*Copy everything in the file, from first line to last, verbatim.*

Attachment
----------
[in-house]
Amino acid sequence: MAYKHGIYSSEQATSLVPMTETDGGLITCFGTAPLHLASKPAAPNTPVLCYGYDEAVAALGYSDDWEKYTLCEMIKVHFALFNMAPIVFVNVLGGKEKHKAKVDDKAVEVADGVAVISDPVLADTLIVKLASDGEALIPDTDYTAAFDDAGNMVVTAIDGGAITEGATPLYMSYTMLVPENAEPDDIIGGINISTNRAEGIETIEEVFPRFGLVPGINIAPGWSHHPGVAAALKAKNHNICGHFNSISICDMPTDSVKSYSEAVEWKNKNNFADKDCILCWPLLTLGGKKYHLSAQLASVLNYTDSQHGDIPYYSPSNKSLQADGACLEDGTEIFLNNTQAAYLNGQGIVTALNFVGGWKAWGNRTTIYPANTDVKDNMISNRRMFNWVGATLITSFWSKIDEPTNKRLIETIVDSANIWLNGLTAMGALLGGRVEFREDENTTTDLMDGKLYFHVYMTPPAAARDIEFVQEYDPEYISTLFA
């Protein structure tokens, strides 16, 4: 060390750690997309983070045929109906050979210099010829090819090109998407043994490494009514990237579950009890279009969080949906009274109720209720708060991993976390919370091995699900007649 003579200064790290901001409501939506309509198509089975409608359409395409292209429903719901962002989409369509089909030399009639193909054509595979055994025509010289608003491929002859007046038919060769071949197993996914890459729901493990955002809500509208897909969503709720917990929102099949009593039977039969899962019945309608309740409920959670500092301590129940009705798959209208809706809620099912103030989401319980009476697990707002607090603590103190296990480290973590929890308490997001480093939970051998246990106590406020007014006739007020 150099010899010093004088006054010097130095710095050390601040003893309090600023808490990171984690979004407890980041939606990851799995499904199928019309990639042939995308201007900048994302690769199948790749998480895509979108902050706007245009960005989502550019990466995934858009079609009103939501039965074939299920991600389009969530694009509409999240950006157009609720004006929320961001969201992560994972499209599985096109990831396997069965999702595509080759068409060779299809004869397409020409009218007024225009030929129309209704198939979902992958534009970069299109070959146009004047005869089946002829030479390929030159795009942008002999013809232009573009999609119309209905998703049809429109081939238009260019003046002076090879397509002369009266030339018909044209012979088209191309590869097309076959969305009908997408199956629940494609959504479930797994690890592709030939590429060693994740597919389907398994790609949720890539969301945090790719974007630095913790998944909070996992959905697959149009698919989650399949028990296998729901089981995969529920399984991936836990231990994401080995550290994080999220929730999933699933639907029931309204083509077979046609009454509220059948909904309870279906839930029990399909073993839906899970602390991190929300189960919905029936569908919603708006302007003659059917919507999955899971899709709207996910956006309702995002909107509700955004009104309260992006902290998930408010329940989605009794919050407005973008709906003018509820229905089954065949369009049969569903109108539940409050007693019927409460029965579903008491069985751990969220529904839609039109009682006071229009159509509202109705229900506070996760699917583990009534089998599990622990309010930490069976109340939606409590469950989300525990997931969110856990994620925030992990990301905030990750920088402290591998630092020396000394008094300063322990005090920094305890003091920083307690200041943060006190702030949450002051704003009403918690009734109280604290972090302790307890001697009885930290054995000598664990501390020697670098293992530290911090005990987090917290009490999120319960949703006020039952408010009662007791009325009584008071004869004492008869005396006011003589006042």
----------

[in-house]
Amino acid sequence: MAYKHGIYSSEQATSLVPMTETDGGLITCFGTAPLHLASKPAAPNTPVLCYGYDEAVAALGYSDDWEKYTLCEMIKVHFALFNMAPIVFVNVLGGKEKHKAKVDDKAVEVADGVAVISDPVLADTLIVKLASDGEALIPDTDYTAAFDDAGNMVVTAIDGGAITEGATPLYMSYTMLVPENAEPDDIIGGINISTNRAEGIETIEEVFPRFGLVPGINIAPGWSHHPGVAAALKAKNHNICGHFNSISICDMPTDSVKSYSEAVEWKNKNNFADKDCILCWPLLTLGGKKYHLSAQLASVLNYTDSQHGDIPYYSPSNKSLQADGACLEDGTEIFLNNTQAAYLNGQGIVTALNFVGGWKAWGNRTTIYPANTDVKDNMISNRRMFNWVGATLITSFWSKIDEPTNKRLIETIVDSANIWLNGLTAMGALLGGRVEFREDENTTTDLMDGKLYFHVYMTPPAAARDIEFVQEYDPEYISTLFA
């Protein structure tokens, strides 16, 4: 060390750690997309983070045929109906050979210099010829090819090109998407043994490494009514990237579950009890279009969080949906009274109720209720708060991993976390919370091995699900007649 003579200064790290901001409501939506309509198509089975409608359409395409292209429903719901962002989409369509089909030399009639193909054509595979055994025509010289608003491929002859007046038919060769071949197993996914890459729901493990955002809500509208897909969503709720917990929102099949009593039977039969899962019945309608309740409920959670500092301590129940009705798959209208809706809620099912103030989401319980009476697990707002607090603590103190296990480290973590929890308490997001480093939970051998246990106590406020007014006739007020 150099010899010093004088006054010097130095710095050390601040003893309090600023808490990171984690979004407890980041939606990851799995499904199928019309990639042939995308201007900048994302690769199948790749998480895509979108902050706007245009960005989502550019990466995934858009079609009103939501039965074939299920991600389009969530694009509409999240950006157009609720004006929320961001969201992560994972499209599985096109990831396997069965999702595509080759068409060779299809004869397409020409009218007024225009030929129309209704198939979902992958534009970069299109070959146009004047005869089946002829030479390929030159795009942008002999013809232009573009999609119309209905998703049809429109081939238009260019003046002076090879397509002369009266030339018909044209012979088209191309590869097309076959969305009908997408199956629940494609959504479930797994690890592709030939590429060693994740597919389907398994790609949720890539969301945090790719974007630095913790998944909070996992959905697959149009698919989650399949028990296998729901089981995969529920399984991936836990231990994401080995550290994080999220929730999933699933639907029931309204083509077979046609009454509220059948909904309870279906839930029990399909073993839906899970602390991190929300189960919905029936569908919603708006302007003659059917919507999955899971899709709207996910956006309702995002909107509700955004009104309260992006902290998930408010329940989605009794919050407005973008709906003018509820229905089954065949369009049969569903109108539940409050007693019927409460029965579903008491069985751990969220529904839609039109009682006071229009159509509202109705229900506070996760699917583990009534089998599990622990309010930490069976109340939606409590469950989300525990997931969110856990994620925030992990990301905030990750920088402290591998630092020396000394008094300063322990005090920094305890003091920083307690200041943060006190702030949450002051704003009403918690009734109280604290972090302790307890001697009885930290054995000598664990501390020697670098293992530290911090005990987090917290009490999120319960949703006020039952408010009662007791009325009584008071004869004492008869005396006011003589006042």